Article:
Northern Ireland would be at the heart of the solution and rightly so. Its experience of conflict and peace-building is a microcosm of the story of the European Union. It is perfectly placed between Britain and Ireland to become the link between two countries destined to grow apart as the Brexit withdrawal takes shape. Also, sitting at the crossroads of Europe and the US, with historic ties and vested interests on both sides, Northern Ireland is well placed to help bridge the transatlantic divide in a western alliance built to meet the challenges of the 21st century. Because of their global reach, coronavirus, climate change, radical extremism and world poverty can only be combated by acting together.

Ancient role

The long history of Northern Ireland’s role in the future of Europe dates back to the sixth century when the Irish pilgrim Columbanus, known as the “White Dove”, set sail for the Continent from Bangor in Co Down. He was the first to give Europe its name and is today regarded as the patron saint of European unity.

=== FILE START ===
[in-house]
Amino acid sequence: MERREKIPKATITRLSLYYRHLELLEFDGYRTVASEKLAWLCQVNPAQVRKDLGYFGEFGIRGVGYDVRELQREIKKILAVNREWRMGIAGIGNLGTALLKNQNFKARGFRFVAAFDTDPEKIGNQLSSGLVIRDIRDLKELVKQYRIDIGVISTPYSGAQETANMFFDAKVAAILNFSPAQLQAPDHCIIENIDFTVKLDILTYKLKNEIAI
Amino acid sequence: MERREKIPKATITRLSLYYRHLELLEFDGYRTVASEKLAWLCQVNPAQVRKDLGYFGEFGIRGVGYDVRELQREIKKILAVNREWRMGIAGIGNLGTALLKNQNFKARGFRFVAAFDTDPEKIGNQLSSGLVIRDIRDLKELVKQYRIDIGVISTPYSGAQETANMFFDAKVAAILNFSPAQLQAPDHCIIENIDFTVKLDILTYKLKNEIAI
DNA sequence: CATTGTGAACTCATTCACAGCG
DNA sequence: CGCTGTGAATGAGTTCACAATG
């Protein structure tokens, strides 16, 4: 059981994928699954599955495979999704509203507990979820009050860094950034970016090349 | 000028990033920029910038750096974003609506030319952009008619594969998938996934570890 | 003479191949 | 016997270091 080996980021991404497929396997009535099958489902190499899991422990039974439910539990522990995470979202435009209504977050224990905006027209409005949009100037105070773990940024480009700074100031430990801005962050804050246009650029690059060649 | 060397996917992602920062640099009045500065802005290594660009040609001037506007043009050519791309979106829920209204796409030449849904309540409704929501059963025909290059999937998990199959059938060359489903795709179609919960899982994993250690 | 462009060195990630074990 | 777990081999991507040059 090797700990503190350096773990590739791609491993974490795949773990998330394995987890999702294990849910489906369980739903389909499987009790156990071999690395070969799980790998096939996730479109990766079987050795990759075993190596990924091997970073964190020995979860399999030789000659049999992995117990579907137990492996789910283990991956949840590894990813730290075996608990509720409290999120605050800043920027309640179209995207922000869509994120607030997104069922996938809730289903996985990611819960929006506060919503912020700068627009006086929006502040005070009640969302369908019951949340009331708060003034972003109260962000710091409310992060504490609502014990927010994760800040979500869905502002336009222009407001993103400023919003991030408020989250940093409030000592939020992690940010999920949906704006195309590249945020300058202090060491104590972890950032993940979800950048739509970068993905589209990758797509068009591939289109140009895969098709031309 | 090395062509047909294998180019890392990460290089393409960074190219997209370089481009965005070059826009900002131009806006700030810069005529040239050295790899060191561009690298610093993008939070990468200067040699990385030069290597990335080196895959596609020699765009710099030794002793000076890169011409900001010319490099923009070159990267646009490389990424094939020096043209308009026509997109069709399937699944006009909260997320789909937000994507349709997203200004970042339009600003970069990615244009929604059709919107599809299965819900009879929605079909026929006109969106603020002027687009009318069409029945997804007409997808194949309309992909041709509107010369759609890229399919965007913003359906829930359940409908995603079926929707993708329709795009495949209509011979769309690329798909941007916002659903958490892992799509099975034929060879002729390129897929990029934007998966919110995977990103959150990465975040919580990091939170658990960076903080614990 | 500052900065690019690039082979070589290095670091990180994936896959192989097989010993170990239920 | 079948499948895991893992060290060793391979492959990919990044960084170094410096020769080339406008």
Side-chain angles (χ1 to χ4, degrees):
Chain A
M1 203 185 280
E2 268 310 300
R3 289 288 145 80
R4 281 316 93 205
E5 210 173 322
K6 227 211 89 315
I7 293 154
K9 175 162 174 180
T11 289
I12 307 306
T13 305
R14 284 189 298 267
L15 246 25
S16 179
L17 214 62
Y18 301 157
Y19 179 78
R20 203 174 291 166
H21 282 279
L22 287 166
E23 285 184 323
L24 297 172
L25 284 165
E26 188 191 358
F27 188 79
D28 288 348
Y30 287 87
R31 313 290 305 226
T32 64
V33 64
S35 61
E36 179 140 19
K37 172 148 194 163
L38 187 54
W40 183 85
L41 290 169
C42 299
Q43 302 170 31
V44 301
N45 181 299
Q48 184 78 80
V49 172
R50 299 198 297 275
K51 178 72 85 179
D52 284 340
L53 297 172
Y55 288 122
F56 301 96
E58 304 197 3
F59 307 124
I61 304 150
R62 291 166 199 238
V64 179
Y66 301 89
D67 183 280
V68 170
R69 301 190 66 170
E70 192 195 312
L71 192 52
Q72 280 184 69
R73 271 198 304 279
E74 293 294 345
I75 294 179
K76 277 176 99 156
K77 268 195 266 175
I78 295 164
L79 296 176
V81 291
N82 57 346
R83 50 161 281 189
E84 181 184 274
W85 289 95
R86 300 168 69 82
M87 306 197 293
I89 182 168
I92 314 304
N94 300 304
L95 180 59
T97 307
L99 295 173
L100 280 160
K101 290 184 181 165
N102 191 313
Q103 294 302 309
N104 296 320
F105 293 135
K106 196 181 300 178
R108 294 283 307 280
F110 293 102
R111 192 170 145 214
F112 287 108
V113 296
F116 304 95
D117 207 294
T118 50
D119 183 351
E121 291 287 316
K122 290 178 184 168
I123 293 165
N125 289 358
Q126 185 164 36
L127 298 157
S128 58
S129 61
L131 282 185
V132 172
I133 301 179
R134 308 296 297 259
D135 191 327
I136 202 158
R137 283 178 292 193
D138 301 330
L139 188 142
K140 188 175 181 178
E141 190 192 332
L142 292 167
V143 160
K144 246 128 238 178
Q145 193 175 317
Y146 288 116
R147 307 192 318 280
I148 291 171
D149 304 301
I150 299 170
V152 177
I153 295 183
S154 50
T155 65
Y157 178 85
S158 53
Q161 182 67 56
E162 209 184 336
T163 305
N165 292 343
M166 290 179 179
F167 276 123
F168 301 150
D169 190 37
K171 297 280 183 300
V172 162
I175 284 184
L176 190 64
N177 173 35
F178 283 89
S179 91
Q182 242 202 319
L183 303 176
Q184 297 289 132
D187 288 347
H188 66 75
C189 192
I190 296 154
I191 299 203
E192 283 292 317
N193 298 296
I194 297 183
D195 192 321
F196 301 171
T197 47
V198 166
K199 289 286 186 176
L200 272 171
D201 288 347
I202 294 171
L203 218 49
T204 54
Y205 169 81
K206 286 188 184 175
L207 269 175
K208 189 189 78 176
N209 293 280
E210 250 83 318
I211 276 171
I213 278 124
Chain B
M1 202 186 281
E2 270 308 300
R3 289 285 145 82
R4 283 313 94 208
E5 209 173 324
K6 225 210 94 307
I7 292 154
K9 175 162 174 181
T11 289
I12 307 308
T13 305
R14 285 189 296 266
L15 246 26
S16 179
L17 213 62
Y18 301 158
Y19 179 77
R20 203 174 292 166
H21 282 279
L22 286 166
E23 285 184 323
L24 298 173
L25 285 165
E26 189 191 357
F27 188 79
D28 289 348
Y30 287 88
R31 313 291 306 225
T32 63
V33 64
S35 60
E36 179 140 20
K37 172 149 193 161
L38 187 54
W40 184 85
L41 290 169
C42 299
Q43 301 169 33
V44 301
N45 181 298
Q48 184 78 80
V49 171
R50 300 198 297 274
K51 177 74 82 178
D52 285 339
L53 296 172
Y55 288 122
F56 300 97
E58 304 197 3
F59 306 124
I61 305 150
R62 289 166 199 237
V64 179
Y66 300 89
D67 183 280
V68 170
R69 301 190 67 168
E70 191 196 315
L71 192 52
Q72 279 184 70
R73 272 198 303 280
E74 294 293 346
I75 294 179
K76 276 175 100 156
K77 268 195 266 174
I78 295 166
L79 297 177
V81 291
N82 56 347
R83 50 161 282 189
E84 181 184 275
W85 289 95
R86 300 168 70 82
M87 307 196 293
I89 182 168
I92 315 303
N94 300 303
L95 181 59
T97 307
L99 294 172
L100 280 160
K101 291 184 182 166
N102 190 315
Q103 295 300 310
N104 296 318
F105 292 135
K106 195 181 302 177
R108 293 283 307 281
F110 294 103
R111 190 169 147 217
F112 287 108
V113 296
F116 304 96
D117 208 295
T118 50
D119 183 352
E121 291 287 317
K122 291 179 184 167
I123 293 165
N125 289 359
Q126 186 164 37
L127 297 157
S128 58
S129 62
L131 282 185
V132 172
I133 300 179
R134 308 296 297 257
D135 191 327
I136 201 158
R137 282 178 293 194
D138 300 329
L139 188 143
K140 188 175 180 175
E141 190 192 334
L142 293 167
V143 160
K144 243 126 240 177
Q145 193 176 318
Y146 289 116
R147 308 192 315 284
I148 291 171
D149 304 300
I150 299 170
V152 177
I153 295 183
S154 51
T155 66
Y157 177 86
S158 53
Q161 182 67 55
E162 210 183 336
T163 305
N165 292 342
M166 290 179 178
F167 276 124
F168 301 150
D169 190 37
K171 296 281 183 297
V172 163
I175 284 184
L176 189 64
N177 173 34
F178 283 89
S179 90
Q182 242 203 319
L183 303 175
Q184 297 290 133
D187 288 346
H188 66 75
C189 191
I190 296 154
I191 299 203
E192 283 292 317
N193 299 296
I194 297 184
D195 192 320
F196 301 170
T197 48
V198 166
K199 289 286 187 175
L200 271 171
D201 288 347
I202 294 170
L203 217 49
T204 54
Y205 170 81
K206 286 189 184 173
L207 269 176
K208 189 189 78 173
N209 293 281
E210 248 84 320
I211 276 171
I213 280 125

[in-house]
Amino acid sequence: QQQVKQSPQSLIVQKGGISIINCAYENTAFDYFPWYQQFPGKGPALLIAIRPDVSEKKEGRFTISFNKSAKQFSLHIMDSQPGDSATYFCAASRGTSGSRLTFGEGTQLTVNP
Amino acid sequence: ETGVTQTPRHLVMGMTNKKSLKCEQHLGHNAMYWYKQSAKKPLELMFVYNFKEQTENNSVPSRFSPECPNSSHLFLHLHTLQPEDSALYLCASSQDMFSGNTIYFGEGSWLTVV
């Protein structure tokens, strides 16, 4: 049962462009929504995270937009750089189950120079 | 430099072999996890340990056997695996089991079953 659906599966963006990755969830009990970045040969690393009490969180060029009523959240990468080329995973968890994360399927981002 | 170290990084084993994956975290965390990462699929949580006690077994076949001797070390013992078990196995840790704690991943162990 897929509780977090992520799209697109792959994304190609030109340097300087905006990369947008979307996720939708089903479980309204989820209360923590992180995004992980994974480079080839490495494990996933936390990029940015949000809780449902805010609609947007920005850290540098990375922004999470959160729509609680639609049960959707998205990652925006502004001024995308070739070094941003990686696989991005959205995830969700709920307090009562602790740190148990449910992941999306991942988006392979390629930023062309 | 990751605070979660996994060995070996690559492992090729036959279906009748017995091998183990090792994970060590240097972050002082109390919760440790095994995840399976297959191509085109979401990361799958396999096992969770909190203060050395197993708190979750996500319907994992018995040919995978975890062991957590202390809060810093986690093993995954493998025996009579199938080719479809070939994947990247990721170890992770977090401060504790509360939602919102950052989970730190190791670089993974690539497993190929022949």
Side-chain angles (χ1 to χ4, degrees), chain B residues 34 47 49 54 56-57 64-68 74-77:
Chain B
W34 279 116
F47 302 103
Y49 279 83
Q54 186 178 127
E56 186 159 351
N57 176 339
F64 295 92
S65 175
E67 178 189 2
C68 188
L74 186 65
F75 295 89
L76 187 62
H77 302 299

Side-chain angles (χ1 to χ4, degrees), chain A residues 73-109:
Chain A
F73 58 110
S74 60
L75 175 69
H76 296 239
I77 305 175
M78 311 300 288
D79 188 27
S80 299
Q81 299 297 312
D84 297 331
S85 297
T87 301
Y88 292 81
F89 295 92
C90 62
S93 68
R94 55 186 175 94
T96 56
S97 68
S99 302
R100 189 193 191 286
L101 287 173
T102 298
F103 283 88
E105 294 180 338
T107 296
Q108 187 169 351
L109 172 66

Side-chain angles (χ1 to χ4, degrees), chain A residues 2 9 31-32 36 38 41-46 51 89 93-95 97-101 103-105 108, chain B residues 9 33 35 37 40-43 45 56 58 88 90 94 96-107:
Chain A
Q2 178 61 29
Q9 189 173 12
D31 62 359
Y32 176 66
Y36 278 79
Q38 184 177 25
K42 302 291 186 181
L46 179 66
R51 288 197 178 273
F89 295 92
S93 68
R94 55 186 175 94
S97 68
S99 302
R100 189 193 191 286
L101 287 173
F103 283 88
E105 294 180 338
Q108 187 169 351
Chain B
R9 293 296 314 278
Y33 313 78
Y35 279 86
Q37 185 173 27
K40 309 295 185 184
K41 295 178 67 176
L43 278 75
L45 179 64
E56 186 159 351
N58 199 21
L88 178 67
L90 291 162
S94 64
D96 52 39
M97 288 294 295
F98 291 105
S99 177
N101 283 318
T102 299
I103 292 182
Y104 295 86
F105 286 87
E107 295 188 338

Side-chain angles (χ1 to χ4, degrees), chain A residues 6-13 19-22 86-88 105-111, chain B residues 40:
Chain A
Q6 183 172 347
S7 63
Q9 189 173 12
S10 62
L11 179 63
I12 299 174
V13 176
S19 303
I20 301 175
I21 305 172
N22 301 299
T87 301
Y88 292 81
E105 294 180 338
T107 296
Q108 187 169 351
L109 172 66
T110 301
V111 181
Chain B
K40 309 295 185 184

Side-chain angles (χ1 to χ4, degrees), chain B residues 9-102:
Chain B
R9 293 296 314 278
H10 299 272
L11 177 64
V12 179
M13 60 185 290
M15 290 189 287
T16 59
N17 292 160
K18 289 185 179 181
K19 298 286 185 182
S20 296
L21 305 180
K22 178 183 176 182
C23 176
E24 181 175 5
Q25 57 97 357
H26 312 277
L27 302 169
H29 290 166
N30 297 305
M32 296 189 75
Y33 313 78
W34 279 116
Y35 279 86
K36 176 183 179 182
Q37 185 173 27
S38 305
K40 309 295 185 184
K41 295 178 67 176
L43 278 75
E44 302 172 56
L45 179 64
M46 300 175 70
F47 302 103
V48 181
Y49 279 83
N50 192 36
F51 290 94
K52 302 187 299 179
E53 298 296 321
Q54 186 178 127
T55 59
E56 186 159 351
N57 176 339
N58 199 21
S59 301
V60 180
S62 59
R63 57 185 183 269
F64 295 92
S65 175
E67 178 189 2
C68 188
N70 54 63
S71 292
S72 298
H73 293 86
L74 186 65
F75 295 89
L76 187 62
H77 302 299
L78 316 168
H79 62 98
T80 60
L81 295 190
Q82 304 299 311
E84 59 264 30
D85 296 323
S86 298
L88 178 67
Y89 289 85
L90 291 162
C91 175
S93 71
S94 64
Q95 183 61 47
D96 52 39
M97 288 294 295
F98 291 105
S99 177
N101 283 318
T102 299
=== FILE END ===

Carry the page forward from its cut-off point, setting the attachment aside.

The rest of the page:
Centuries later, Winston Churchill described his vision of Northern Ireland in his famous postwar speech that set the stage for European unification.

“The whole map of Europe has been changed ... but as the deluge subsides and the waters fall short we see the dreary steeples of Fermanagh and Tyrone emerging once again.”

As they stood at the start of the European journey, those “dreary steeples” set the scene alongside the proud cranes of Belfast’s shipyard, the high walls of Derry, the drumlins of Down, the stones of the Giant’s Causeway and the mountains of Mourne on the horizon of Europe pointing the way forward for a continent with a mighty role to play in the world.

Jane Morrice is a former vice-president of the European Economic and Social Committee and deputy speaker of the Northern Ireland Assembly